You bear each of our spirits into the air and back down again. We give you our money. We pass through security, throw away our water bottles, take off our shoes, stand in the backscatter booths with our arms over our heads like caught criminals, participate in the magical-thinking rituals, reassuring ourselves that we will not fall from the sky or careen headlong into an office building, screaming the names of our children, our parents, our lovers. We run down the concourse, draw up breathless at the gate, only to find that you have left us.We trust you with our lives and those of the people we love. But you have left the gate, and as one of the blank-eyed gate agents told me, almost wistfully, ‘I’m afraid there’s nothing we can do.’

But I’m here now, Spirit, and I have to pay the driver and go in to pick a coffin. I hope that this survey will help you ensure that my next experience exceeds my expectations.

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©Melinda Rooney, 2016

The Bag of Shame: Four Soliloquies, Part Three: Music of the Spheres

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                                                                       Conrad Wallace, age 68

What am I doing? I’m going through Amy’s things. And I guess you’re the bag I’m not supposed to open but must be sure not to leave behind or throw away, her machine-gun instructions from the unit, over the phone, what the docs called pressured speech, don’t open it, Dad, and don’t even fucking think about throwing it away, it might look like garbage to you but that’s because you don’t get it, you never got it, I had to ride this goddamned genius train all by myself, feel the music all around and align my body to it like a tuning fork, Dad, do you even know what a fucking tuning fork is, Dad? Of course you don’t, because you don’t get it.

She was never a cusser.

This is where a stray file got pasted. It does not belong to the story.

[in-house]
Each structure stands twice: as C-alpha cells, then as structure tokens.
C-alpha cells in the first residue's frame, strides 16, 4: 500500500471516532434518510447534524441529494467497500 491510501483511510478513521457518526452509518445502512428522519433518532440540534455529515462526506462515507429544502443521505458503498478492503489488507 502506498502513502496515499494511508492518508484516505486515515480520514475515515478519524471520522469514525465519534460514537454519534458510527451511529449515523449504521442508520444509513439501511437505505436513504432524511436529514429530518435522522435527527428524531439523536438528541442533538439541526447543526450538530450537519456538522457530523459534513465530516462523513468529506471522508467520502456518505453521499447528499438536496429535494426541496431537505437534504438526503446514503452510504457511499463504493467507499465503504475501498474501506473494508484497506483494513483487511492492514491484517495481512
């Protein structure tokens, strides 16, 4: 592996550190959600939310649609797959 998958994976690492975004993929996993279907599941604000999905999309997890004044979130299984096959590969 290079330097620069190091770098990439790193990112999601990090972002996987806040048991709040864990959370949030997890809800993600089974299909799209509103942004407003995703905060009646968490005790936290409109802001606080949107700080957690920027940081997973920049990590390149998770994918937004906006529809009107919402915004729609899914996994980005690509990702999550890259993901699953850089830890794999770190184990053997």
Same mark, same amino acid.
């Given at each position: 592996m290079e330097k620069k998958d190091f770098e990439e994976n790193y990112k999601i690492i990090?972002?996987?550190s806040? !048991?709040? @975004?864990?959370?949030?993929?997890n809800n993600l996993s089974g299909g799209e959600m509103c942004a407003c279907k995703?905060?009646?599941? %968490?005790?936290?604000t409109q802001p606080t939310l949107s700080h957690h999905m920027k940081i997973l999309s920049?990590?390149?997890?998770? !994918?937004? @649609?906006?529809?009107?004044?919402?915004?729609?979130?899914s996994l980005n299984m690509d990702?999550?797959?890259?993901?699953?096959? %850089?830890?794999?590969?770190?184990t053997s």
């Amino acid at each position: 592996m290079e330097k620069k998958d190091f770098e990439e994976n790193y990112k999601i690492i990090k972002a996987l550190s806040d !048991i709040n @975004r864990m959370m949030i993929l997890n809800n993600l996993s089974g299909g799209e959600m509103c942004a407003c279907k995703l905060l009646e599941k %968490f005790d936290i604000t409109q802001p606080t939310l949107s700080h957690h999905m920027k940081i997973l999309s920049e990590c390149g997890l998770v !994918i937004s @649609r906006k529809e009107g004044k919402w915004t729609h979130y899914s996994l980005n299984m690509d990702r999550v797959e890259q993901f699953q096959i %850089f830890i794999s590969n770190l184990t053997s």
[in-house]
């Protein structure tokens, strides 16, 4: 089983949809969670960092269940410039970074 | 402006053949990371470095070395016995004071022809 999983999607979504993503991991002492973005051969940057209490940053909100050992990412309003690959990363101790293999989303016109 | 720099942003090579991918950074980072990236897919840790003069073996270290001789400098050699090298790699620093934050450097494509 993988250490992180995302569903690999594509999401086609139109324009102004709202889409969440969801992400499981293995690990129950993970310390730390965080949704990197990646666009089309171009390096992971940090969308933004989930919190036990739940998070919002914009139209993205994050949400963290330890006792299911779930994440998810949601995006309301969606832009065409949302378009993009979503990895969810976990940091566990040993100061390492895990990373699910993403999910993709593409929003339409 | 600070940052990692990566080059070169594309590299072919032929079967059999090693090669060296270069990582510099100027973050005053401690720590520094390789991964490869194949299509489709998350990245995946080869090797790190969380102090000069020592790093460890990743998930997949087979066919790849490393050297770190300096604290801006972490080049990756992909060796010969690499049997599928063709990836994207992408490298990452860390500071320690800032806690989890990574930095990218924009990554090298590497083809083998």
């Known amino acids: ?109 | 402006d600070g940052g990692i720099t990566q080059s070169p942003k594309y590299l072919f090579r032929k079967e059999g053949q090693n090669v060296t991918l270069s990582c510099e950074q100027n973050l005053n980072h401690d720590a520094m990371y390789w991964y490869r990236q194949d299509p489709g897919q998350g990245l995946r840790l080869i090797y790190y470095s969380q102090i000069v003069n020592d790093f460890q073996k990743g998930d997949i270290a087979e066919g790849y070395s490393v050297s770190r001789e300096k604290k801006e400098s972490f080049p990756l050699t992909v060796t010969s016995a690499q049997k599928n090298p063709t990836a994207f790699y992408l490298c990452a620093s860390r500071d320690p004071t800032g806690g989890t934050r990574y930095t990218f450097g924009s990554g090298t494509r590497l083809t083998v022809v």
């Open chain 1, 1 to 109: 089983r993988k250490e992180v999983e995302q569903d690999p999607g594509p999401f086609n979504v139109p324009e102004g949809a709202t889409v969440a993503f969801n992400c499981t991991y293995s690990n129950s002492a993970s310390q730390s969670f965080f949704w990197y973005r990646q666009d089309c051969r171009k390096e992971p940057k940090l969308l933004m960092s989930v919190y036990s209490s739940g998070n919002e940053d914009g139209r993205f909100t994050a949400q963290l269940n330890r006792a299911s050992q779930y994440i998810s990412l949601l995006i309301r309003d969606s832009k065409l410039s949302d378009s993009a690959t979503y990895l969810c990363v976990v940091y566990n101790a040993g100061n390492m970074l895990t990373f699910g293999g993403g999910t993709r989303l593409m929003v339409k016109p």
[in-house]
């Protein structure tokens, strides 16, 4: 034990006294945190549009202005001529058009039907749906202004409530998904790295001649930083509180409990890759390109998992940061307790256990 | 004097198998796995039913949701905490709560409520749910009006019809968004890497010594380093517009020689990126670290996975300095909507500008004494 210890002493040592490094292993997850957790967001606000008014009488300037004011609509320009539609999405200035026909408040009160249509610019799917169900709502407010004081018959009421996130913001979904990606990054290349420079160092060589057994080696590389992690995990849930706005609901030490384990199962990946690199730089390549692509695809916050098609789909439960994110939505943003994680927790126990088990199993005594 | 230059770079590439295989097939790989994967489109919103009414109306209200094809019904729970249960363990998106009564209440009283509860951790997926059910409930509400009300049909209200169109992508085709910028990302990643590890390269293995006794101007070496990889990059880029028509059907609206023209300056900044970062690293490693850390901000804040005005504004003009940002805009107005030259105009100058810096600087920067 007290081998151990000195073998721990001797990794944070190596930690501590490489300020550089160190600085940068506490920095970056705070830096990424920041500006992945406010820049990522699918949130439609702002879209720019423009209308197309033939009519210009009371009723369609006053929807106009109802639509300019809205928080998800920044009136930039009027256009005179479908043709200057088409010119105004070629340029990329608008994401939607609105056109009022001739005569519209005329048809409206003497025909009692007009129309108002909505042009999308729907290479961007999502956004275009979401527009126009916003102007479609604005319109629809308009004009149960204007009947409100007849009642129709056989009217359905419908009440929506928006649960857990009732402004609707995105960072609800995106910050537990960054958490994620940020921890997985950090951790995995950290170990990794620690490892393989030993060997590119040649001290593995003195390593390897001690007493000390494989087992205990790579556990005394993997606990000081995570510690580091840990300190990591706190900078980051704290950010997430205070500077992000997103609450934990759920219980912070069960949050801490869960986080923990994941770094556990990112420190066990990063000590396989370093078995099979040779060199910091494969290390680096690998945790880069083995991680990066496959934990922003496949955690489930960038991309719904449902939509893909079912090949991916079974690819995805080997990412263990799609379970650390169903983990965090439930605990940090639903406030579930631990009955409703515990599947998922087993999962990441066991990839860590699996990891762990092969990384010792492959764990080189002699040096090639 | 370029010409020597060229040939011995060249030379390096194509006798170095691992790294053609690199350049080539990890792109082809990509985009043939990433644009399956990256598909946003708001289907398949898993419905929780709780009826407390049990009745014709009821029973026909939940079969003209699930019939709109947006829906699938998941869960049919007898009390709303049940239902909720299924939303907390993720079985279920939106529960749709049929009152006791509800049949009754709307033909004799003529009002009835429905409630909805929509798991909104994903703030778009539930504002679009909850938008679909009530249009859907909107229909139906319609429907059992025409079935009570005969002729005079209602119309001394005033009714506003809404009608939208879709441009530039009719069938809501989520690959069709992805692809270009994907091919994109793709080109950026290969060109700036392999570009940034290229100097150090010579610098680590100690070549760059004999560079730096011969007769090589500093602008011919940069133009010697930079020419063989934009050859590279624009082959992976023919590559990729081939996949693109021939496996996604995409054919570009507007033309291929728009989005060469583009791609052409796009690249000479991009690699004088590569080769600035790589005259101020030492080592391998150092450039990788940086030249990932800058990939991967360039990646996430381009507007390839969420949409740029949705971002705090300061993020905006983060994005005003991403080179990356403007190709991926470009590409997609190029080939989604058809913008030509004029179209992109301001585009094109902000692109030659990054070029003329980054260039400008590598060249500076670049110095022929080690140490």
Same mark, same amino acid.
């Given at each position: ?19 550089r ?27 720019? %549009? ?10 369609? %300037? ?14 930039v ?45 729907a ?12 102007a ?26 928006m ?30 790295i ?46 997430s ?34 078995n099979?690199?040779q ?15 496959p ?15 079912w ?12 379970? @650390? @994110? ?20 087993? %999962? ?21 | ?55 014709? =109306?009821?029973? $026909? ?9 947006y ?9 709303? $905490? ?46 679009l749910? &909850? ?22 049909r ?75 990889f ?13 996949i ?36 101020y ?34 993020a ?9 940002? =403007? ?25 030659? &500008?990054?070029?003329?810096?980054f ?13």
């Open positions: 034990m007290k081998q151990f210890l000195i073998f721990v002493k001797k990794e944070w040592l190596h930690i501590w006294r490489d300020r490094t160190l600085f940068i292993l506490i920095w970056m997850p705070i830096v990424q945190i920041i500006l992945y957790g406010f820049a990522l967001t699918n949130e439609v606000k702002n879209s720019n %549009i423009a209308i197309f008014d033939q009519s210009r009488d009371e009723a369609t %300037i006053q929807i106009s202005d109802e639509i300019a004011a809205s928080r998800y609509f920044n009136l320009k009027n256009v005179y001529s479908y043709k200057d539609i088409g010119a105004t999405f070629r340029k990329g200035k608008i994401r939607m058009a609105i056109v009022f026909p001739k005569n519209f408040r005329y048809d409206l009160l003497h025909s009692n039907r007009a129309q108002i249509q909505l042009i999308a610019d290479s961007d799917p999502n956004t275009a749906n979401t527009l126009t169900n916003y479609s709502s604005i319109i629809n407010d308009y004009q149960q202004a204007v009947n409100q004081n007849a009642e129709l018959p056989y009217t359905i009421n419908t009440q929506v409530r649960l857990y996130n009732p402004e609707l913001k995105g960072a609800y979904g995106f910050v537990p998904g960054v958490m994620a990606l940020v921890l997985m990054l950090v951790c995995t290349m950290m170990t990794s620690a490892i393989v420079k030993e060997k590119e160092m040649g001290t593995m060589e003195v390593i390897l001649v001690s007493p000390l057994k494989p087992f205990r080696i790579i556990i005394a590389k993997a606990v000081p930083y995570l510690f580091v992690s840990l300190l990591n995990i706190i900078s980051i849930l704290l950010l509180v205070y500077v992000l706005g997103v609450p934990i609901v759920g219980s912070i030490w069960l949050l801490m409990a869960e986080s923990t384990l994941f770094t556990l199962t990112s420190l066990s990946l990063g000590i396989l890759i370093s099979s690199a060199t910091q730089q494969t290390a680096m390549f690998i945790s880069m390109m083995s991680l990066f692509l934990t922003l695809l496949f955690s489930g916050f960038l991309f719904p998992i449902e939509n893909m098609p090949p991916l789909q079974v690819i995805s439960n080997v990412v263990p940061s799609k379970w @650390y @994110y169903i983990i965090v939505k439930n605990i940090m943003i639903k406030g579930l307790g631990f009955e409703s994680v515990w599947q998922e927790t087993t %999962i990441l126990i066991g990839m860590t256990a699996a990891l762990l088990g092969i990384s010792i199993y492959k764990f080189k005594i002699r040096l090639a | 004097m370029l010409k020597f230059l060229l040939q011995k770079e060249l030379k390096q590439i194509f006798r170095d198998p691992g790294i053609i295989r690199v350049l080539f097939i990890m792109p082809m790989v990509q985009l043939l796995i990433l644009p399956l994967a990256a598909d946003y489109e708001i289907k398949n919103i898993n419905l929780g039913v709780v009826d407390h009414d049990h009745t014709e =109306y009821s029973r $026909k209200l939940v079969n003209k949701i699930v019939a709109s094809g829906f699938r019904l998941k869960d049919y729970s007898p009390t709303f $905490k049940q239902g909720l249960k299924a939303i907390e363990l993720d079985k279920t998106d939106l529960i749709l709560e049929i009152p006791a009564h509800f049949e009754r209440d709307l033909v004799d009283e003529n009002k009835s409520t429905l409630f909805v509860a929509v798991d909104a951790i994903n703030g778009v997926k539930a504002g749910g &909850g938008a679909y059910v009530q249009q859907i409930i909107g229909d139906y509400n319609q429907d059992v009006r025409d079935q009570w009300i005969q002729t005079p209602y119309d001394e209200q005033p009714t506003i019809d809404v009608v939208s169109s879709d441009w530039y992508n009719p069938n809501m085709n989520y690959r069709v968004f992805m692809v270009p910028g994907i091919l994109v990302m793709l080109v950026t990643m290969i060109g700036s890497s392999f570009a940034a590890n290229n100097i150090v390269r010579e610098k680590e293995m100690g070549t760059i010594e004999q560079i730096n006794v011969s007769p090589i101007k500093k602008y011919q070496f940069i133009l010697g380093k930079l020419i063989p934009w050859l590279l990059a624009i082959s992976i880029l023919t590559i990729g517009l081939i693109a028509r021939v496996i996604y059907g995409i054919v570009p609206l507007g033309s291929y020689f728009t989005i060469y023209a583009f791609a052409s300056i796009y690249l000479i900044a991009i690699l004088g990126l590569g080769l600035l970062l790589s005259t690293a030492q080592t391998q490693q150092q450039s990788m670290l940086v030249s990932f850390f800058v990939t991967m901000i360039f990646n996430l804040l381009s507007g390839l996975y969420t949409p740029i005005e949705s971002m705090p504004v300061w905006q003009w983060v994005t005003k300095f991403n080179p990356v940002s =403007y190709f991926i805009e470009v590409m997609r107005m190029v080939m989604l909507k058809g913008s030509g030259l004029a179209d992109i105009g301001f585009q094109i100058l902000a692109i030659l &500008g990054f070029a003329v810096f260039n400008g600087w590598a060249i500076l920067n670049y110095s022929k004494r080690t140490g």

‘It’s a work-in-progress, Dad, a model, I’m helping the structure perfect itself, capture the music, make it audible to everyone. And if you throw it away like everything else you’ve always dismissed and made fun of–‘

‘Honey, I never–‘

‘Shut up Dad! Shut the fuck up, Dad! You don’t get to talk! I’m giving you simple instructions.  You throw away that bag and that will be the end of us.  The end of Amy and Dad at the planetarium. No more music for us.’

So the work in progress, and boxes of books, sheaves of sheet music, clothes, sheets and towels, a giant pair of men’s basketball sneakers, a small pair of briefs that I tweeze from the floor like a dead animal. One man? Two? The guy she brought to our house for dinner once and spent the evening fondling, scratching his back under his shirt, murmuring in his ear as her mother and I sat and watched, our food cold lumps in our mouths?  There were a lot of them, when things got bad. It was how you knew they were getting bad. There was no stopping that either.

And you, bag, heavy, clanking like pirate’s loot and knotted tightly at the top, everything goes into the U-Haul, again, another failed flight for Amy, again, her third school in as many years, the meds make me fat and stupid, Dad, I’m meant for bigger things, I can’t fuck, I can’t sleep, I can’t wake up. I know how to balance this.

I read her a story once about Phaethon, the son of the sun, his father had made him a promise: ask me for anything and it is yours, swore on a sacred river. And he asked to drive his father’s chariot dawn to dusk across the sky. Myths were my music when I was a kid; I thought I might grow up to be a writer once (‘Now there’s a lucrative career path,’ my practical wife told me, not unkindly). The sun balked and begged his son, please don’t make me keep that promise, it is more than you can do, the horses are wild, but he had sworn on a sacred river, that is of course what a promise to a child must be, unbreakable,  and Phaethon was stubborn like kids always are, convinced he could control the uncontrollable and he took off and the horses sensed his tentative hold on the reins and went wild and the chariot tipped down toward the earth and set it alight, the fire spreading so quickly birds burned in the trees, then veered back up and just as fast it froze, charred branches locked up in layers of ice, the chariot’s axle snapping, Phaethon falling into the sea, slipping between the waves, and he was gone.

Oh, her baby-bird wings, no escape velocity, she peaked for a moment in the sky, pausing as if taking a breath of surprise–Jesus, how did I get up here–like one of the model rockets she made dozens upon dozens of once, her fingers peeling with hardened glue, gunpowder on the air, then turning nose down, plummeting to the ground.  Again.